^ Haha yes; it’s all about who/how you ask, not what :slight_smile:

Also, there most likely will be lab fees for some courses which are not included in the COA.

Is it not possible for her to earn $3500 per year either in a summer job or work study?

We ran into its situation this year with my son- more scholarships than the cost of attendance. We asked the school financial aid office for advice, and they did give us option for a one-time technology allowance of $1500. I think this is pretty common practice, as his second choice school offered something similar. It’s a tricky game - we did have to contact some of the private scholarships and ask them to defer payment until sophomore year, or the college would have reduced their scholarship offers. No matter how you work it, you cannot have more scholarship money than the cost of attendance. And don’t forget to set aside money for taxes :slight_smile:

DD had more than the COA in merit scholarships her freshman year. The school just held the funds until the next year, but I can’t remember if we had to ask them to that or not.

It depends upon the school as to whether or not one can have more scholarship with or without financial aid grants than COA. You are not permitted by federal law to get federal money over COA, so when you get merit money or school aid that puts you over without special exception, the federal money can get cut. Also, many colleges have internal policies that do not permit this to happen when it involves their own funds,with which they can do as they please.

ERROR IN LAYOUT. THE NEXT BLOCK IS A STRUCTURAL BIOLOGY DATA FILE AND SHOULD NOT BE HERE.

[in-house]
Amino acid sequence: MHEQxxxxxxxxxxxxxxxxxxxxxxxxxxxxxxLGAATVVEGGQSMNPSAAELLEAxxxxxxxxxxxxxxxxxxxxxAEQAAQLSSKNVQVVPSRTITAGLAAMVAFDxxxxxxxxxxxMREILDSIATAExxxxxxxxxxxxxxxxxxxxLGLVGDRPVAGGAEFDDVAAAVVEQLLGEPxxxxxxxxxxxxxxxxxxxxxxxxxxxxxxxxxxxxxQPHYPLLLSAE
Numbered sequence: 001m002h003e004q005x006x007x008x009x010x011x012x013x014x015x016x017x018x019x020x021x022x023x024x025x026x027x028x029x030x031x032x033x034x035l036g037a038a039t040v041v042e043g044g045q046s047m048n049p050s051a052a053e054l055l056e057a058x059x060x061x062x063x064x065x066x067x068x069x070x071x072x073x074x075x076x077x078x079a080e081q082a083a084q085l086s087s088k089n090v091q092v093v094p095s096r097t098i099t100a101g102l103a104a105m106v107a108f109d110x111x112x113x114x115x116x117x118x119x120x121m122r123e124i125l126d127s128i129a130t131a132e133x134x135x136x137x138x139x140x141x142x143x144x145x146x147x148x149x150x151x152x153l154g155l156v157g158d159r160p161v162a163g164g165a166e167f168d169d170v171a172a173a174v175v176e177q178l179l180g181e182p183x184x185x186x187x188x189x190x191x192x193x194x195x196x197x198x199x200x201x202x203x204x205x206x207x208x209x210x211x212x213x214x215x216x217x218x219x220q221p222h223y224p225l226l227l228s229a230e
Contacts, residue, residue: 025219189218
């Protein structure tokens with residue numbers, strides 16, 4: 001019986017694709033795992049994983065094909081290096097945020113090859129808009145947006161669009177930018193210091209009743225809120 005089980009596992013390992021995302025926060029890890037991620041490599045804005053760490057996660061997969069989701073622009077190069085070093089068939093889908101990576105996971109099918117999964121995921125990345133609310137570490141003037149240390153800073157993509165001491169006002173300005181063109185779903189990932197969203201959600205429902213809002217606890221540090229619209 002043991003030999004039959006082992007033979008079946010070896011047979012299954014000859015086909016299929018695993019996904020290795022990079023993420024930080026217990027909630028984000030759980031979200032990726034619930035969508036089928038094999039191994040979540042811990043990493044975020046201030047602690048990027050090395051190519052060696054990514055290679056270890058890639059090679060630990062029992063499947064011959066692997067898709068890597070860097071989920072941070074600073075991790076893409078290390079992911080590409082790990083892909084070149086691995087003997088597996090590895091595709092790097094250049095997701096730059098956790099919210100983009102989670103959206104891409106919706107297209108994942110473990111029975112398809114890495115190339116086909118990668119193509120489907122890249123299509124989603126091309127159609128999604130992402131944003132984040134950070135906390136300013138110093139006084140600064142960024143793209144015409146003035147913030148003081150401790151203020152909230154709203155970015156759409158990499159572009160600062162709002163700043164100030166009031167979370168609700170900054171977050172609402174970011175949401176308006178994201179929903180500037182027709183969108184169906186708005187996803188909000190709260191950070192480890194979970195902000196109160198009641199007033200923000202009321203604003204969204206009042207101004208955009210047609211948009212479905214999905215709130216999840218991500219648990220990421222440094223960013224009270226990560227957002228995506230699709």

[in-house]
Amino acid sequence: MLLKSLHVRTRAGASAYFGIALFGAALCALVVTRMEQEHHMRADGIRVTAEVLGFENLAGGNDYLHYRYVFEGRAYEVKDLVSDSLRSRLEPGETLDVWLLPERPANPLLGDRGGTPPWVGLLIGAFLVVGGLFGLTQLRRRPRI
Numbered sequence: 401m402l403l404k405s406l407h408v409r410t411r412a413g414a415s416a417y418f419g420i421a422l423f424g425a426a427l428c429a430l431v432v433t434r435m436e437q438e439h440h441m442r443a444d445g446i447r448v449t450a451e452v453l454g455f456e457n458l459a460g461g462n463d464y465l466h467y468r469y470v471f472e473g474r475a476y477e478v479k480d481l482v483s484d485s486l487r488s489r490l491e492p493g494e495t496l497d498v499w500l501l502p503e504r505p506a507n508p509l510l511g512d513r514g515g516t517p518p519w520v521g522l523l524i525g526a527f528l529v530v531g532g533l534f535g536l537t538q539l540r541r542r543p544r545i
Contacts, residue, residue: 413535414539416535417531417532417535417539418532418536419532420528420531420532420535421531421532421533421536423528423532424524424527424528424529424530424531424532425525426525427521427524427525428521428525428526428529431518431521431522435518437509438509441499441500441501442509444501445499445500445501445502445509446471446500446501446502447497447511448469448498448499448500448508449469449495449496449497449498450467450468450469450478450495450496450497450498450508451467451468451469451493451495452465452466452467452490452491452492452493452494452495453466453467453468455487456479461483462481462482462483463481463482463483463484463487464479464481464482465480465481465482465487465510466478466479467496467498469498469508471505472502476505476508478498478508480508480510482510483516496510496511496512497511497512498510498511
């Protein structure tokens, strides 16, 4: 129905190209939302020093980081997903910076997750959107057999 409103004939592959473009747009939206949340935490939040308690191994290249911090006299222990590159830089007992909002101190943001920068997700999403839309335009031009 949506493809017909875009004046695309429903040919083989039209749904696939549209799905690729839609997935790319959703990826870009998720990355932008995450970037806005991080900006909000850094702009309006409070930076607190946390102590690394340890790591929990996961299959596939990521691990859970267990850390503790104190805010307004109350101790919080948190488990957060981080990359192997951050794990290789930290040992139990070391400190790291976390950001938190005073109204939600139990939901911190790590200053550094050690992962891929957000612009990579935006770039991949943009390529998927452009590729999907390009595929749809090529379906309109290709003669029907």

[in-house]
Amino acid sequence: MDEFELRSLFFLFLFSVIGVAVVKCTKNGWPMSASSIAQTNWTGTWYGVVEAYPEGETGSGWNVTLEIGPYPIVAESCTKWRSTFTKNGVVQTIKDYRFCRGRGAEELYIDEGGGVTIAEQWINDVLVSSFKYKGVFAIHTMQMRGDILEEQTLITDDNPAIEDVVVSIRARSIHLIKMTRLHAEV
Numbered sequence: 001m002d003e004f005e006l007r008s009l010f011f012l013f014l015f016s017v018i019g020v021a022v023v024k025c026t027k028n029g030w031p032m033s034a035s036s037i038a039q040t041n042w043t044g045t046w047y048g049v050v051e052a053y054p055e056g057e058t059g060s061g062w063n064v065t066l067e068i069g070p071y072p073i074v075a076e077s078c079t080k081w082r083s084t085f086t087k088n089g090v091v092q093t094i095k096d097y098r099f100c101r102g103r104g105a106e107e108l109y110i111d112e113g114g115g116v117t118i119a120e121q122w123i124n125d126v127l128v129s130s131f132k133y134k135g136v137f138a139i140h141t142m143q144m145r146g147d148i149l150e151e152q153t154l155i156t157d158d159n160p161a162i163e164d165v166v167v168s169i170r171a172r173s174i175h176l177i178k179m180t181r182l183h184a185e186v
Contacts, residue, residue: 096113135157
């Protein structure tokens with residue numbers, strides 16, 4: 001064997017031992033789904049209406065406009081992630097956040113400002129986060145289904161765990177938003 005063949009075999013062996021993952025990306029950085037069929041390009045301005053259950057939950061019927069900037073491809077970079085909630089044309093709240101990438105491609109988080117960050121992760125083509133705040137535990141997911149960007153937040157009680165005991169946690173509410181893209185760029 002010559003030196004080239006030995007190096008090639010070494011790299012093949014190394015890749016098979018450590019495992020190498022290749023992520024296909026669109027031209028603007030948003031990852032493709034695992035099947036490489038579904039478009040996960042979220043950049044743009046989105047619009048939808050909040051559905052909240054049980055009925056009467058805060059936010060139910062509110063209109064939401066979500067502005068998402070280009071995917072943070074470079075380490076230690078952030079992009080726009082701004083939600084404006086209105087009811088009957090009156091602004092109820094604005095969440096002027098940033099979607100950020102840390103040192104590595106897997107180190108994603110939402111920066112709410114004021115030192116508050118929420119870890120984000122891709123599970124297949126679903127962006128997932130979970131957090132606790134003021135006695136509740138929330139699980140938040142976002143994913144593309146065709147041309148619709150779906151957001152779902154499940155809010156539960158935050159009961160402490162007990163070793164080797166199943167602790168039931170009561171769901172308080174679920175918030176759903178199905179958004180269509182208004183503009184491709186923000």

I know some schools that allow stacking, one just for freshman year, and, yes, students there can make out. But none of this is relevant when the concern is over an individual at a specific school. One has to work with the school about this.

If the student is going to lose some school aid due to going over COA or whatever ceiling, do request that the student be flagged to get the renewals of any such amounts lost for subsequent years, and if that is denied, it’s worth bringing up to the ombudsman or dean at the school to investigate that unfair (IMO) denial. Making sure the account is flagged so that auto renewal of the grant includes the original award only reduced due to outside awards is a fair request.

Ask the FA office too. Some schools allow a certain amount above CoA. In that case, the money would still sit in your account or you may request to cash out.

The COA is an estimate, so ask about getting a closer estimate for the actual cost of books, materials, and equipment specifically required for each course. For example, Happykid was a technical theater major, and had to shell out fairly serious money for specific brands of dressmaker’s shears, stage make up, and lighting software. Many courses have equivalent requirements - drafting tools, dissection kits, etc. All of those requirements will be spelled out in the course syllabi.